Lovis Corinth

Lovis Corinth
(Tapiau, East Prussia 1858 - 1925 Zandvoort, Netherlands)

Red Roses, 1925

Oil on canvas, 59 x 44 cm
Signed and dated center right Lovis Corinth 1925

Dr. Arthur Rosin (1879-1972), Berlin and New York (acquired from the artist);
Karen Gutmann, née Rosin (1905-2000), daughter of Arthur Rosin, Berlin and New York;
London, Sotheby’s, auction sale, October 10, 2001, lot 24;
Bernd Schultz, Galerie Pels-Leusden, Berlin, 2001-2;
Private collection, Switzerland;
Berlin, Villa Grisebach, Lovis Corinth zum 150. Geburtstag, auction sale, November 28, 2008, lot 23;
Private collection, Germany.

Lovis Corinth. Ausstellung von Gemälden und Aquarellen zu seinem Gedächtnis, Berlin, Nationalgalerie 1926, no. 412;
Lovis Corinth am Walchensee: späte Bilder, Berlin, Galerie Pels-Leusden, April 8-May 29, 2002, p. 38, no. 7;
Lovis Corinth. Seelenlandschaften, Kochel am See, Franz Marc Museum, 2009, no. 20, repr. p. 69.

Charlotte Berend-Corinth, Die Gemälde von Lovis Corinth, Werkkatalog, Munich 1958, no. 981;
Ead., Lovis Corinth, die Gemälde: Werkverzeichnis, Munich 1992, no. 981.


Lovis Corinth was one of Germany’s three leading exponents of Impressionism, the others being Max Liebermann and Max Slevogt. From 1912 onwards, the boundaries between Impressionism and Expressionism became increasingly blurred in his work. After suffering a physical collapse in December 1911 he changed his style. It came to be defined by increasingly spontaneous, impulsive handling of paint. Atmosphere, colorfulness and light became the central focus of his paintings. This is particularly noticeable in his late work, much of which was produced in his house at Walchensee and is characterized by a powerful, free ductus where forms meld and dissolve – compositions on the cusp of abstraction.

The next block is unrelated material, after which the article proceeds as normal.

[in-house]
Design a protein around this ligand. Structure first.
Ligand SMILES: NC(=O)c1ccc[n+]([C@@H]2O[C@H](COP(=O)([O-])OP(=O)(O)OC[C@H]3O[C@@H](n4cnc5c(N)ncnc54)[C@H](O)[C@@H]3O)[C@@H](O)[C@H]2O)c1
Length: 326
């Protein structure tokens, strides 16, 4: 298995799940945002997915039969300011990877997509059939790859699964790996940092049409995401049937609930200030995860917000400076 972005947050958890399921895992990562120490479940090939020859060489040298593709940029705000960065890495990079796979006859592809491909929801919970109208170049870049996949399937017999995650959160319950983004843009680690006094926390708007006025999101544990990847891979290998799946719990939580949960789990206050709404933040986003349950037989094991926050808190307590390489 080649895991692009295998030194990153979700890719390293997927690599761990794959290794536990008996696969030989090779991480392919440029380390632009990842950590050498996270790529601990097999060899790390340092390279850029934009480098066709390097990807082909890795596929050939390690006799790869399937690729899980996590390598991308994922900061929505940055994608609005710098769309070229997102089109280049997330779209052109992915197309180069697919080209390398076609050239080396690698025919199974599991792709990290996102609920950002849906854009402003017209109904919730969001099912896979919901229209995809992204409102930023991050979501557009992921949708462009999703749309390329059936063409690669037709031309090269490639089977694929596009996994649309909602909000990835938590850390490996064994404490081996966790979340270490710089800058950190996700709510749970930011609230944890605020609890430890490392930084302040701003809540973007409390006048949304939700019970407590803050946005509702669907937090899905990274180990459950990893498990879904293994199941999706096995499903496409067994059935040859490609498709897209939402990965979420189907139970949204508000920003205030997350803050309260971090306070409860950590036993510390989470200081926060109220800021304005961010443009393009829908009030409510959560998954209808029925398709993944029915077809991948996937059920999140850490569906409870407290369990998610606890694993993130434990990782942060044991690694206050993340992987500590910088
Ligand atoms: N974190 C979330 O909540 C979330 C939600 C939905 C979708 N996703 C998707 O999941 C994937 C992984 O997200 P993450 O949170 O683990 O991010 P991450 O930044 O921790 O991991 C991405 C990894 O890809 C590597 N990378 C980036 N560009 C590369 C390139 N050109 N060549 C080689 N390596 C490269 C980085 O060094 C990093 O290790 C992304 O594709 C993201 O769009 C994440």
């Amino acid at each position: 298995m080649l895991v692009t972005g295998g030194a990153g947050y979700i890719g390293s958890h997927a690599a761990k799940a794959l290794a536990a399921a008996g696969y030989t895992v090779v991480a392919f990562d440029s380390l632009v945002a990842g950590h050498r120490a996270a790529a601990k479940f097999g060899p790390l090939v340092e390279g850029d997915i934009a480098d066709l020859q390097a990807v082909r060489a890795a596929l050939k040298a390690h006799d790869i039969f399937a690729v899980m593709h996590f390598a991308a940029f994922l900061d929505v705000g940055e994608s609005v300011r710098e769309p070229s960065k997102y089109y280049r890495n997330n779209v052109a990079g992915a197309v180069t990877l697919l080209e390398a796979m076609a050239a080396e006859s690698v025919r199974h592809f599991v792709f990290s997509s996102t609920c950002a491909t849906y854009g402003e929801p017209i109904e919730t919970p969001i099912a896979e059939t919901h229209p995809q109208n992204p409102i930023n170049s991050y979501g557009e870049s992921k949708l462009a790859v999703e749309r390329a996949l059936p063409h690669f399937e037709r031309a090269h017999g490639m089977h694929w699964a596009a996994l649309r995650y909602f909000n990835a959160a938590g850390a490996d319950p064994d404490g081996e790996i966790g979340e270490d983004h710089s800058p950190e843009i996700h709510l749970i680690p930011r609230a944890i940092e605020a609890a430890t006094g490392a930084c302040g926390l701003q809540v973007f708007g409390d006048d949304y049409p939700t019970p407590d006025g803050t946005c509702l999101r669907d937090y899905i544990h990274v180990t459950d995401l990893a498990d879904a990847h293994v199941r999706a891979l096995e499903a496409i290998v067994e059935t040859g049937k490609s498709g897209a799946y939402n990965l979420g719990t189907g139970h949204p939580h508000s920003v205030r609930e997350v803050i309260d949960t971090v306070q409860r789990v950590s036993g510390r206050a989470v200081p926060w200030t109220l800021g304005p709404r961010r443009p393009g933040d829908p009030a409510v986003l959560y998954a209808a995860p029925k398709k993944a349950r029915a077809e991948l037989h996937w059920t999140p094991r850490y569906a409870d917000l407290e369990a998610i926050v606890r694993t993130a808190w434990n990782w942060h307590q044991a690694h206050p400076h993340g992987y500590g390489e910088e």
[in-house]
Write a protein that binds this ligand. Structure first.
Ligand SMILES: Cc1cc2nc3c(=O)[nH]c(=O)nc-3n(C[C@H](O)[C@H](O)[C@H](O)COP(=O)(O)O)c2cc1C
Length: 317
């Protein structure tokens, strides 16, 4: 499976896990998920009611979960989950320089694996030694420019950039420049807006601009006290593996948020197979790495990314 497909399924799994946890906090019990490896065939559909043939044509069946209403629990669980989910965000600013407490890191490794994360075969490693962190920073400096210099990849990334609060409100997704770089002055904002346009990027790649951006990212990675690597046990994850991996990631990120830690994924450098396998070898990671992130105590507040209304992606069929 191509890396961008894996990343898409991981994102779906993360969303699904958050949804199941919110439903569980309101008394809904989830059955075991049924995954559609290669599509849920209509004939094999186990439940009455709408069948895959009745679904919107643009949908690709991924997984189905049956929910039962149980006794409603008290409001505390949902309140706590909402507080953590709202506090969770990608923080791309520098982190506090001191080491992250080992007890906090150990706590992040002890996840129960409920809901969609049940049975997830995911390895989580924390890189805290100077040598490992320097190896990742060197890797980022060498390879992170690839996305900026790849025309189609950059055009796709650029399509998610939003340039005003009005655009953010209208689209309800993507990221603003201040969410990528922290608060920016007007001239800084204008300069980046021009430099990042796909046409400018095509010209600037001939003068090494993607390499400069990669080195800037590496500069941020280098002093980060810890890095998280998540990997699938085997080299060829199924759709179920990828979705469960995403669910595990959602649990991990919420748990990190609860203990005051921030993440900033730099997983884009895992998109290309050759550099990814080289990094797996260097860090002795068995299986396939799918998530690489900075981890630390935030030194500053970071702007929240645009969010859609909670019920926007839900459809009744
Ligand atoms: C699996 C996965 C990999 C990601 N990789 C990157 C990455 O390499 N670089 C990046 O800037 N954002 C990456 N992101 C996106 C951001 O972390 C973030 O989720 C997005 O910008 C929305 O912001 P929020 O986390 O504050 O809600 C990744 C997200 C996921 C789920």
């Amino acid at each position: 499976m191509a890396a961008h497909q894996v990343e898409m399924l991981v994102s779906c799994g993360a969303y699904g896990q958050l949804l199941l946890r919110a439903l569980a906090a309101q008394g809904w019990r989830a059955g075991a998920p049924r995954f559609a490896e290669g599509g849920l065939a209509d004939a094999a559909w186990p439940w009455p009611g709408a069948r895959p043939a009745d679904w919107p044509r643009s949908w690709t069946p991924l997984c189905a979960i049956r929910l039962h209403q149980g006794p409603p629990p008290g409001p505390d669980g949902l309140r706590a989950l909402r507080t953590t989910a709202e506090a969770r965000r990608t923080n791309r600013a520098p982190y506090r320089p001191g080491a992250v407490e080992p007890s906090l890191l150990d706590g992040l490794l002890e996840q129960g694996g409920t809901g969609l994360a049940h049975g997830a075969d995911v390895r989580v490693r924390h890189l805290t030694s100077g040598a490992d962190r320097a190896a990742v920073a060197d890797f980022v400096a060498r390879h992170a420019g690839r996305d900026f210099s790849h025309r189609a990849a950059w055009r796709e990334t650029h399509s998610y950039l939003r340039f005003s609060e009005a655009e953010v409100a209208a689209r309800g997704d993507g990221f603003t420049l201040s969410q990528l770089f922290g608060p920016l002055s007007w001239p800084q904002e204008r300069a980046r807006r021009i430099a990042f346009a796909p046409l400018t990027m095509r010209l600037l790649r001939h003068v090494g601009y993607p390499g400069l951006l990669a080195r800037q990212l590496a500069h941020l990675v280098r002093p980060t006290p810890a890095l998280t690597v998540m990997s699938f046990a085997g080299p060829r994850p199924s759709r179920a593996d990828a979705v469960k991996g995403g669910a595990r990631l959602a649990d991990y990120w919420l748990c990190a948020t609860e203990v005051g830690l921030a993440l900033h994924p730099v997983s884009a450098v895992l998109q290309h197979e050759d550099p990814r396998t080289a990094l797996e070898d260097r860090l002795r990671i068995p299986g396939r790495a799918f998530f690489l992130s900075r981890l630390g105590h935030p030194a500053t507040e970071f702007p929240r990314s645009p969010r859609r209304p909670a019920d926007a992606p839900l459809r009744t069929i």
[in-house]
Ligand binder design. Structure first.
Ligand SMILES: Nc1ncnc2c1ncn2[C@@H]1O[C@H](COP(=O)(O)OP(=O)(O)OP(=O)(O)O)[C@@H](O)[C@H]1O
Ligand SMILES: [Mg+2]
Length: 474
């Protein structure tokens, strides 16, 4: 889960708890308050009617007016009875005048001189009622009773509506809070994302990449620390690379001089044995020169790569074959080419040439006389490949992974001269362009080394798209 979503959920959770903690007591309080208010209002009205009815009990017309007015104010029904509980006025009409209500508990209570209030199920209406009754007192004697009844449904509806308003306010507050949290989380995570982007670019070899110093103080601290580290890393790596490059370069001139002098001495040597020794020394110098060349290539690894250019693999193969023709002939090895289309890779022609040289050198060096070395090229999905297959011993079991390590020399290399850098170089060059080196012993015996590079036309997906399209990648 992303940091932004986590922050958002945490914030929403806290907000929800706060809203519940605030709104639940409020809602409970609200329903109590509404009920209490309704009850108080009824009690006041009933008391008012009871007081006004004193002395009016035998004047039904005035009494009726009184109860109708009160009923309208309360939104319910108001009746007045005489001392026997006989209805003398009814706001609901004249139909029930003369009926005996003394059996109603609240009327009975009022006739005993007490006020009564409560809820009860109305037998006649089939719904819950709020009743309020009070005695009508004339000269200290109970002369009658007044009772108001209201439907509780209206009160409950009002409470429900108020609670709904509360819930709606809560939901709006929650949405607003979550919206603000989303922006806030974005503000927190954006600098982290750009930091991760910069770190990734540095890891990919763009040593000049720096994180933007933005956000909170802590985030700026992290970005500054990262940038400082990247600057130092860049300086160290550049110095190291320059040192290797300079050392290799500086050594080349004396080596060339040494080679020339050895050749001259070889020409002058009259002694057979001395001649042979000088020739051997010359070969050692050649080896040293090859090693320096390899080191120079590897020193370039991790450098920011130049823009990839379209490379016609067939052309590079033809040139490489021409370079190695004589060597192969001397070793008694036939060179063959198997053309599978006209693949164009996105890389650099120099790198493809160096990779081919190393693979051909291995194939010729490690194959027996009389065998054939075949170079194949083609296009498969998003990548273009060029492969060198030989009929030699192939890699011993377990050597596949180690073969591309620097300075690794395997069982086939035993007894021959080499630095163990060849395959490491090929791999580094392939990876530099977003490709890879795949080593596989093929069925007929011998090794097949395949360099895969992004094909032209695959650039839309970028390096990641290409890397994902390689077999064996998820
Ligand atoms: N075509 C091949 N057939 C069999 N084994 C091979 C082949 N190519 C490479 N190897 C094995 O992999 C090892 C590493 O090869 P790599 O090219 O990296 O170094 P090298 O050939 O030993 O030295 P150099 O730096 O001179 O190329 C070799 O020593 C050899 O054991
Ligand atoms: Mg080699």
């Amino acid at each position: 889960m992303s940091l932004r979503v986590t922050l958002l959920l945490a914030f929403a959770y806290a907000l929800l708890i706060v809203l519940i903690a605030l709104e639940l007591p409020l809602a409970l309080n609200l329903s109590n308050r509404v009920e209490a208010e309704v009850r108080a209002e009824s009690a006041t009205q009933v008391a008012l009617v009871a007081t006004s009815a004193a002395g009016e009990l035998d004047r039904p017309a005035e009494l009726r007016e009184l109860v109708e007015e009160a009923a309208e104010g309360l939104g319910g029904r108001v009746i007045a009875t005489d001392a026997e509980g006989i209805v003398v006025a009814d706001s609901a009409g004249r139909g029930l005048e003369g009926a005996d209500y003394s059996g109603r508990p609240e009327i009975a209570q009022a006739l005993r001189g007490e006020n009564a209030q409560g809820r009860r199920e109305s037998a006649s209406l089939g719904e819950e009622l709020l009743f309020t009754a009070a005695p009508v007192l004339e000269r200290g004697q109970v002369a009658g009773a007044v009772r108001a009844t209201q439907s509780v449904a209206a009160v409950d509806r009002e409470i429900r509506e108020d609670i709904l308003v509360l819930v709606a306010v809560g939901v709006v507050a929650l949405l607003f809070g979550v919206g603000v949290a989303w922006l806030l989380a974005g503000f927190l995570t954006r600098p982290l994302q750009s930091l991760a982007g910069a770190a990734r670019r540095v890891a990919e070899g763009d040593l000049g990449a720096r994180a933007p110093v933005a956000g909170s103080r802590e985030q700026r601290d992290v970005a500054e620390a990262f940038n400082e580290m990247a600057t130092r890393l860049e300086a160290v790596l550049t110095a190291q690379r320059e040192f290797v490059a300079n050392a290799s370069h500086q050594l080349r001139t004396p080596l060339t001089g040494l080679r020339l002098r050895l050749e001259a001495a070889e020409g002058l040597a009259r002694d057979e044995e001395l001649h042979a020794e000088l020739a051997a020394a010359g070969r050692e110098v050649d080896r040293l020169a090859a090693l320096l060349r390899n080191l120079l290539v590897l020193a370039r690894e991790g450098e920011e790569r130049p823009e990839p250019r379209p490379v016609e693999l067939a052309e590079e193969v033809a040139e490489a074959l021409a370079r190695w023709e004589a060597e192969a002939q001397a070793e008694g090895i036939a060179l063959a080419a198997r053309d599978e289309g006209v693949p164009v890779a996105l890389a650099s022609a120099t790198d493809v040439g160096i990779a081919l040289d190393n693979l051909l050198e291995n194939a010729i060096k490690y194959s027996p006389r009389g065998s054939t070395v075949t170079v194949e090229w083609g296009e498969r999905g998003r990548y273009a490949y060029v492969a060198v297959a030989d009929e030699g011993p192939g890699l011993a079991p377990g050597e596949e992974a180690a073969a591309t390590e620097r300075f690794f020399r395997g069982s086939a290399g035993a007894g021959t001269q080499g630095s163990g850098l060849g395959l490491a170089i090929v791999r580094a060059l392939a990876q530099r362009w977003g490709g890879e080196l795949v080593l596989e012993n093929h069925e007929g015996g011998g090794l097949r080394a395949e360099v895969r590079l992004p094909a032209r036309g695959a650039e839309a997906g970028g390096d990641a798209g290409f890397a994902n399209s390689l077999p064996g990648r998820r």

The present painting titled Red Roses was executed in 1925, the year of Corinth’s death. It is one of a small, very striking group of late still lifes. In these paintings the notion of vanitas traditionally bound up with still-life painting finds expression in a unique way. The vibrancy and beauty of the flowers are reminders of their transience. In each bloom decay is omnipresent. Color, especially the fluid, impulsively applied red tones of the roses, dominates the image. The play of reflections on the tall, cut-glass vase and voluted decoration of the sideboard on which it stands is freely handled.

Lovis Corinth, Portrait of Dr. Arthur Rosin, 1924, oil on canvas, 61 x 46 cm.
Jerusalem, The Israel Museum, inv. B70.1036 506/453

‘Every brushstroke represents throbbing life,’1 noted the art critic Gustav Pauli in 1924. At the time – a year before Corinth’s death – his highly charged late style enjoyed broad recognition. His late period was not only considered an important part of his oeuvre but judged to be the expression of an artistic power that secured him a pre-eminent position among the German painters of his generation.

The first owner of the present still life was the banker Dr. Arthur Rosin (1879-1972). Based in Berlin, he began to collect Corinth’s work in the 1920s, becoming both an important patron and a good friend. Corinth painted his portrait in 1924 (Fig. 1). In the early years of the National Socialist regime Rosin and his second wife fled to Italy. They eventually emigrated to New York, taking their entire Corinth collection with them. On Rosin’s death in 1972 the present still life entered the collection of their daughter Karen who had emigrated to the USA in 1935.

1 Cited after Ulrich Luckhardt, Lovis Corinth und die Hamburger Kunsthalle, Ostfildern 1997.

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